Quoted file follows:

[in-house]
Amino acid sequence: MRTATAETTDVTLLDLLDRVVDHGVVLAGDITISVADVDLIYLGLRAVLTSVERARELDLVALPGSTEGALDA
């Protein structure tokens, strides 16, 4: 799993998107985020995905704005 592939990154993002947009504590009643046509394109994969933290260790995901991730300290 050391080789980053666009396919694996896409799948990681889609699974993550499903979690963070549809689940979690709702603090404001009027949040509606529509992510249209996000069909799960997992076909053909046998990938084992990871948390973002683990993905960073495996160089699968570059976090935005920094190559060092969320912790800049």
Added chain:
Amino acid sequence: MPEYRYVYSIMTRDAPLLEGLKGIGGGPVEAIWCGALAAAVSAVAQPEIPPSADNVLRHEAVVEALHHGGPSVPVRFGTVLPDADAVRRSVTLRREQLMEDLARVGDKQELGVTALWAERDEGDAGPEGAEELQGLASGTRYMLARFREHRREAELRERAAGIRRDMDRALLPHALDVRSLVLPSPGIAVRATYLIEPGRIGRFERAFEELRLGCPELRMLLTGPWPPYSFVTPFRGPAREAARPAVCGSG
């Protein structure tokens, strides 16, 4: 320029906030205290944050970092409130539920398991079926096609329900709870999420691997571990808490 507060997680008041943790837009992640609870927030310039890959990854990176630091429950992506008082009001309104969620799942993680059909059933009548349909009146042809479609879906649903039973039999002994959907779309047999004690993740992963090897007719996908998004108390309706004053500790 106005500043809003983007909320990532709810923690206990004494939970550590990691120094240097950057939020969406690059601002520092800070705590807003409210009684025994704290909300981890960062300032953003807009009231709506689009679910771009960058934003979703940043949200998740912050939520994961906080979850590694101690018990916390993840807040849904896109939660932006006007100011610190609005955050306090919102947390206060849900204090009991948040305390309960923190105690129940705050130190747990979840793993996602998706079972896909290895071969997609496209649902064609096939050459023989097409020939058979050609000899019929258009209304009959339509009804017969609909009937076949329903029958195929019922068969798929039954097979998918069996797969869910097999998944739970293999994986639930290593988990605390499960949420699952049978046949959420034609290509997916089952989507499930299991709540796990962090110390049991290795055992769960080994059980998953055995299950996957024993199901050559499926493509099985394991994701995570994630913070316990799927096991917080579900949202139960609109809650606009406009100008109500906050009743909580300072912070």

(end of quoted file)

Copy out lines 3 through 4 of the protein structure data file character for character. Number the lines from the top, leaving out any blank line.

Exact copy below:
């Protein structure tokens, strides 16, 4: 799993998107985020995905704005 592939990154993002947009504590009643046509394109994969933290260790995901991730300290 050391080789980053666009396919694996896409799948990681889609699974993550499903979690963070549809689940979690709702603090404001009027949040509606529509992510249209996000069909799960997992076909053909046998990938084992990871948390973002683990993905960073495996160089699968570059976090935005920094190559060092969320912790800049």
Added chain: